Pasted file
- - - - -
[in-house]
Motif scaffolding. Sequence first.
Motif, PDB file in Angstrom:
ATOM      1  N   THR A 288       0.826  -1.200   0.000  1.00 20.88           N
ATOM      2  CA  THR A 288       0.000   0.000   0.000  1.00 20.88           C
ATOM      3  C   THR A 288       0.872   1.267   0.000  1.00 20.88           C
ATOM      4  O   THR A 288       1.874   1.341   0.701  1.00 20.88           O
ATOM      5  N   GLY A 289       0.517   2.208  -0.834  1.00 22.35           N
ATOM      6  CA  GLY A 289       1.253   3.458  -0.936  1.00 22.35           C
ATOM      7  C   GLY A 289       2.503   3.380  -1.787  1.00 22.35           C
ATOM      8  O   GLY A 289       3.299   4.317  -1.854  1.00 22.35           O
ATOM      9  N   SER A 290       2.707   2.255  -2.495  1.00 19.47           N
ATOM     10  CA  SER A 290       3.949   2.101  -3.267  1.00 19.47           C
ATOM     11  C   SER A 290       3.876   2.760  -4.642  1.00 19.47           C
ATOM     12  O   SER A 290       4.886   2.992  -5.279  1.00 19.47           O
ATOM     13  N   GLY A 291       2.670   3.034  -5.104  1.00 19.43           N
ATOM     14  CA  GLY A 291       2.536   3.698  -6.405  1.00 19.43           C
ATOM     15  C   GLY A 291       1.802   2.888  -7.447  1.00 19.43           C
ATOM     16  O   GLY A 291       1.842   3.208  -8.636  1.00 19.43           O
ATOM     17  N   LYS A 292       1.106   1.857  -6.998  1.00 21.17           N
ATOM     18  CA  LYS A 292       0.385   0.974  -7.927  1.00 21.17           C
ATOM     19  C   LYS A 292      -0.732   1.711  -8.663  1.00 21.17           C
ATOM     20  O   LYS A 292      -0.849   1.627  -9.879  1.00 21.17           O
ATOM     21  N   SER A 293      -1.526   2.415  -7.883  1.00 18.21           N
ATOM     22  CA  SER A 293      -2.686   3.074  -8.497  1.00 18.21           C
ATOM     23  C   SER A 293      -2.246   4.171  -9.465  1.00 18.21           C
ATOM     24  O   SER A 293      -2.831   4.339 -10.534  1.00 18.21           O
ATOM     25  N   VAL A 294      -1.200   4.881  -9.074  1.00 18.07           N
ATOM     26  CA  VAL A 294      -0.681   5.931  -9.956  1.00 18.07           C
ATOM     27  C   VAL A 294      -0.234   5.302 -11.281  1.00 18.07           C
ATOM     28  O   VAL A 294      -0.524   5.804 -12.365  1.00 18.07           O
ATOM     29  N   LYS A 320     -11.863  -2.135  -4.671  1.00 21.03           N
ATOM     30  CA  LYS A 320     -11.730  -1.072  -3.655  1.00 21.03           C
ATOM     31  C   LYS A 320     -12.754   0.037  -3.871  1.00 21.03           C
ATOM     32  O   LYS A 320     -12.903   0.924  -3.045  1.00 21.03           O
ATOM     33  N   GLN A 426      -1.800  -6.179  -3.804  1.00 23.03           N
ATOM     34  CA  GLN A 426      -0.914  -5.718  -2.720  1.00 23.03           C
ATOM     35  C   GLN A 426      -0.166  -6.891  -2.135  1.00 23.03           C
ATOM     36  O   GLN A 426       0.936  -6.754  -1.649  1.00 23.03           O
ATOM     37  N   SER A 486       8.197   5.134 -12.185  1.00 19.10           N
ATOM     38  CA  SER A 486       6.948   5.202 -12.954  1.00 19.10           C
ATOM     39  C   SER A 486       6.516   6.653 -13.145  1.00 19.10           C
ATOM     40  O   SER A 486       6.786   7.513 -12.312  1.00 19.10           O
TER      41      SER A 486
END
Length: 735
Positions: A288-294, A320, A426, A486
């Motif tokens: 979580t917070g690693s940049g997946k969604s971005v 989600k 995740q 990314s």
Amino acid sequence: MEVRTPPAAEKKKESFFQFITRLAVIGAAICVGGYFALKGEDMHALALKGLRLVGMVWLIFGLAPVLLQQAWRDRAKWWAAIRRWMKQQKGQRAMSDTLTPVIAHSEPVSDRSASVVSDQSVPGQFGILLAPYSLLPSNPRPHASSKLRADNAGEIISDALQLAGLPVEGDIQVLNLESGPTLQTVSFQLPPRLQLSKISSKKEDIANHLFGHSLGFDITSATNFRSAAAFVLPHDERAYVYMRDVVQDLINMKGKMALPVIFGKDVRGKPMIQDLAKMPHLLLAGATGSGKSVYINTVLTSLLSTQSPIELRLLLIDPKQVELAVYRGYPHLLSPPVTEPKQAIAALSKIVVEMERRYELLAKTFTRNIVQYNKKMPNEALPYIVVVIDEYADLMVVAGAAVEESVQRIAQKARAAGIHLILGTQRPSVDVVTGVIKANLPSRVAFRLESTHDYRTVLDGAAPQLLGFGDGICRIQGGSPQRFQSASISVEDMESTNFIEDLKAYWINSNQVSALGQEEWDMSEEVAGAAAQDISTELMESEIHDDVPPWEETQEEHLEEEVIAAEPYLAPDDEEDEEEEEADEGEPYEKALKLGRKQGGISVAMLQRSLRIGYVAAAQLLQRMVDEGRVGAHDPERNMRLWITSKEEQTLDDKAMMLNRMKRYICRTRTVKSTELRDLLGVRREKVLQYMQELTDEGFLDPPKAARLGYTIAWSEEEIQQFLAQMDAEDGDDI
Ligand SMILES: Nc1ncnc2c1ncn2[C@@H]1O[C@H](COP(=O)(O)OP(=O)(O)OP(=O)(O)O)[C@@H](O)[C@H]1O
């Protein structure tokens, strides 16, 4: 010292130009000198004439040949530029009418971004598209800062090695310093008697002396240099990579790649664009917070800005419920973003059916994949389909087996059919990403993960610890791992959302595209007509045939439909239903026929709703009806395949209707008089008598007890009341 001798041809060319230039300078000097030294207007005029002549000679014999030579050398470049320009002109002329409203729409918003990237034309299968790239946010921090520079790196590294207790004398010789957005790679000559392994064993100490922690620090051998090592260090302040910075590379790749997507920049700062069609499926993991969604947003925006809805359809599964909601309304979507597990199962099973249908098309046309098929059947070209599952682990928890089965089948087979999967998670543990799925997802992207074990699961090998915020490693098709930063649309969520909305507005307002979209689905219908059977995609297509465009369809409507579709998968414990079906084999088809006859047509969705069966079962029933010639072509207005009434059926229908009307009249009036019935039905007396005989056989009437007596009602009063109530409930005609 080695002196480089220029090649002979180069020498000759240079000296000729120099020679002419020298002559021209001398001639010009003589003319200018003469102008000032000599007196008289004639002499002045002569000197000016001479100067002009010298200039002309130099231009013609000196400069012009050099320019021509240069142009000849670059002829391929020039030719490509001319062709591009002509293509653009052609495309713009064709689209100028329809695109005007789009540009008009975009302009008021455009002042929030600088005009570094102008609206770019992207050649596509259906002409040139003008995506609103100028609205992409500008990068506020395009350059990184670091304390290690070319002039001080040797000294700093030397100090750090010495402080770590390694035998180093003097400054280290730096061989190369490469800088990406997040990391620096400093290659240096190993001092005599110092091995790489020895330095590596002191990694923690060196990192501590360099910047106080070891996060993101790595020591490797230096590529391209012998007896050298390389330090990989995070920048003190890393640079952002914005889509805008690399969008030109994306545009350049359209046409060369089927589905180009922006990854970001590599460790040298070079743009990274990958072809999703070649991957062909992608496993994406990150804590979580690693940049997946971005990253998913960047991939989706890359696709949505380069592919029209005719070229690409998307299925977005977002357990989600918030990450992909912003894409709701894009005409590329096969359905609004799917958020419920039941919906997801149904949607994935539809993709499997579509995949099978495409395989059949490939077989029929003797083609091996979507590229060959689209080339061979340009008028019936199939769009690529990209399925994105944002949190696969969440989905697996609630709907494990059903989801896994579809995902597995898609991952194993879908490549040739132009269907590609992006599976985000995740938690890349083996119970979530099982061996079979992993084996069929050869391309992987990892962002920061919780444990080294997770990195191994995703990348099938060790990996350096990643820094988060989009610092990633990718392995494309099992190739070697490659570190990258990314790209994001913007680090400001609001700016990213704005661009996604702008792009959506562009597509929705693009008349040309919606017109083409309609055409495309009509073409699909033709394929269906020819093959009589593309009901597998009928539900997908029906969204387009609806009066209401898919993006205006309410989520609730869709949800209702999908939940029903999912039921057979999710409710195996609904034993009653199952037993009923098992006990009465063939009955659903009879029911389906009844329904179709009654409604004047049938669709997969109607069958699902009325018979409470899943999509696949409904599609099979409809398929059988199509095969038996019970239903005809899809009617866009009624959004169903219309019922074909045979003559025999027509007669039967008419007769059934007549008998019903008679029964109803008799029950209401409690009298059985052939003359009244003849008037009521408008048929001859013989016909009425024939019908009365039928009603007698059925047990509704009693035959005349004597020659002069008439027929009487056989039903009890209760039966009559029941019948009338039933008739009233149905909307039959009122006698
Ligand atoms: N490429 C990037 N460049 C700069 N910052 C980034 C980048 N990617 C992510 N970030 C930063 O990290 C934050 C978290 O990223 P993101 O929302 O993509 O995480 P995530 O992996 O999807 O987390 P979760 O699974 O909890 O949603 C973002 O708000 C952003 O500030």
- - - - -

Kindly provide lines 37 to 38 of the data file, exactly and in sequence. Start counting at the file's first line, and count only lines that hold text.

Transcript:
ATOM     34  CA  GLN A 426      -0.914  -5.718  -2.720  1.00 23.03           C
ATOM     35  C   GLN A 426      -0.166  -6.891  -2.135  1.00 23.03           C